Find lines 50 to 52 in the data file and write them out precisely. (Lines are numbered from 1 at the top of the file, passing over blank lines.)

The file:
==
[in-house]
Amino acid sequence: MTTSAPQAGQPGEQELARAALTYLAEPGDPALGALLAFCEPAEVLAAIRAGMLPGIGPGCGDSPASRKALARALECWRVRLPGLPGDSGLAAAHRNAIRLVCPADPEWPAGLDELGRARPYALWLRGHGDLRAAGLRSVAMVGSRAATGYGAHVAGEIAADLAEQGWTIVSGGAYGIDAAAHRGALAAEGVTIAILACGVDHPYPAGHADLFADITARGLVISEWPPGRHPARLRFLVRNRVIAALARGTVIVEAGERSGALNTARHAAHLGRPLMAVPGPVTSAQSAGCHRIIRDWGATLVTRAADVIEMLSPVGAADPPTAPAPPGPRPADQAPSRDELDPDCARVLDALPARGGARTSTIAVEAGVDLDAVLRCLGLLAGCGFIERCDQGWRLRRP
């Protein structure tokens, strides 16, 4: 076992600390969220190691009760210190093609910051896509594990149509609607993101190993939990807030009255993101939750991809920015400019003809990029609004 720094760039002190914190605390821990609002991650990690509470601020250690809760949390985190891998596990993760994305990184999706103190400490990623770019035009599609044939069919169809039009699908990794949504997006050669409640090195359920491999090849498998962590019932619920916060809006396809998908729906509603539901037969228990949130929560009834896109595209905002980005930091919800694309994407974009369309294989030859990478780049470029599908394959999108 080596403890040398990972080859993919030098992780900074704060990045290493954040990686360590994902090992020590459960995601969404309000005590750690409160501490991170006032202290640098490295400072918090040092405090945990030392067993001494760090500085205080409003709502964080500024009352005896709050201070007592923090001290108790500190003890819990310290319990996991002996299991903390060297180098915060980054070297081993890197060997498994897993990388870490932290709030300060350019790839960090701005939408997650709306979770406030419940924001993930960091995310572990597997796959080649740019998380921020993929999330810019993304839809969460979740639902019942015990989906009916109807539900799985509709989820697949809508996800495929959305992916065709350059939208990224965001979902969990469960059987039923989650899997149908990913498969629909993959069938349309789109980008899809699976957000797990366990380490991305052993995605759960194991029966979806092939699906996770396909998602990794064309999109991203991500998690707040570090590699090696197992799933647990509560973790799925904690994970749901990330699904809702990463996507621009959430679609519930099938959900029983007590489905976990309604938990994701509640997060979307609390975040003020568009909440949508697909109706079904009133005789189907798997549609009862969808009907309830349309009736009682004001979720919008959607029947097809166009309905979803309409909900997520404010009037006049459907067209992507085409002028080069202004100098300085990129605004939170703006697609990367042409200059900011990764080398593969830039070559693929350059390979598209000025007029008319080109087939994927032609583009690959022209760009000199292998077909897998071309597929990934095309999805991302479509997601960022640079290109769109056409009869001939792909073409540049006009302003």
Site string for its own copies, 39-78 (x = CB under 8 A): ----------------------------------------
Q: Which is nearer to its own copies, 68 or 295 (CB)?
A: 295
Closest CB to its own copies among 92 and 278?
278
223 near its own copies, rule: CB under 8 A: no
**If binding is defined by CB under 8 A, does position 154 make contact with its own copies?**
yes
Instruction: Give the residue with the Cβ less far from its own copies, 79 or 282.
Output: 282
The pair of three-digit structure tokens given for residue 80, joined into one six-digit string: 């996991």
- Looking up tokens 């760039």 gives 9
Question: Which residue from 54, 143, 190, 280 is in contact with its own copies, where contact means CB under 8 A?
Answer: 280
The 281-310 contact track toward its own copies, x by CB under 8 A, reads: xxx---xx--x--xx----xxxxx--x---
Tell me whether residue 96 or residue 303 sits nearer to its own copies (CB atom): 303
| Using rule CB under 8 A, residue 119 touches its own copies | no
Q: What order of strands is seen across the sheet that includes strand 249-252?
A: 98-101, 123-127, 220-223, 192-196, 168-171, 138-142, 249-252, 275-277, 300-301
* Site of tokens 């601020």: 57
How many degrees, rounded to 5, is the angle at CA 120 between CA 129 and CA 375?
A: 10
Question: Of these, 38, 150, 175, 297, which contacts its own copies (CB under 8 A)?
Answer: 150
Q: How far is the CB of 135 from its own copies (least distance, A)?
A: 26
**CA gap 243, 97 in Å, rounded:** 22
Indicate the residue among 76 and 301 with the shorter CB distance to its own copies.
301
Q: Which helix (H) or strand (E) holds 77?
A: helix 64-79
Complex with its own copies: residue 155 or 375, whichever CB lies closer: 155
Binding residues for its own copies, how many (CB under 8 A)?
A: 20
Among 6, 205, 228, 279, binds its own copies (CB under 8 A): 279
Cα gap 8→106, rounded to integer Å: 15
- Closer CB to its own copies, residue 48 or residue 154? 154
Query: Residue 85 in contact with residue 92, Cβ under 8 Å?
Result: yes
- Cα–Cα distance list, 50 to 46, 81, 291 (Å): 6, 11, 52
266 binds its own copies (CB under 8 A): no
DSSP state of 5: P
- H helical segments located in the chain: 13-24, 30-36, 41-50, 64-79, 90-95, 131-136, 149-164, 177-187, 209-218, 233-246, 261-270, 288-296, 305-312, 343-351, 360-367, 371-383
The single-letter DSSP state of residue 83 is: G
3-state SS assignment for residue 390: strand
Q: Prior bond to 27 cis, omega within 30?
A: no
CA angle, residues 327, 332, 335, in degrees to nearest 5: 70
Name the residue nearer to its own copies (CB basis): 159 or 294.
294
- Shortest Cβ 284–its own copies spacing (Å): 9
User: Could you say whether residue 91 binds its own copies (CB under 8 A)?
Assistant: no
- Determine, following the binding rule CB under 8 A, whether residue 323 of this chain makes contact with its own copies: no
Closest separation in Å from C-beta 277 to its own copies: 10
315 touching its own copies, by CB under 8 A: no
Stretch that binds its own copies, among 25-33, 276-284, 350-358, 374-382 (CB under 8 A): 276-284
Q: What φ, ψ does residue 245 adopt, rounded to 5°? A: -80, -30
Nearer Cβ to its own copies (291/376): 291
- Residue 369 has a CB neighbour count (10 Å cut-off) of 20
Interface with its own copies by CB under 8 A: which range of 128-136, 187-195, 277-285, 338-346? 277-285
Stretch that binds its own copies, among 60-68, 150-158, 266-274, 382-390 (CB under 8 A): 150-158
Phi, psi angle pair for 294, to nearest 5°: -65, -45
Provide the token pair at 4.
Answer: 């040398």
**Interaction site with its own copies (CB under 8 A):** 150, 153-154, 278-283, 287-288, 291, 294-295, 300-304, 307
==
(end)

A: no
CA angle, residues 327, 332, 335, in degrees to nearest 5: 70
Name the residue nearer to its own copies (CB basis): 159 or 294.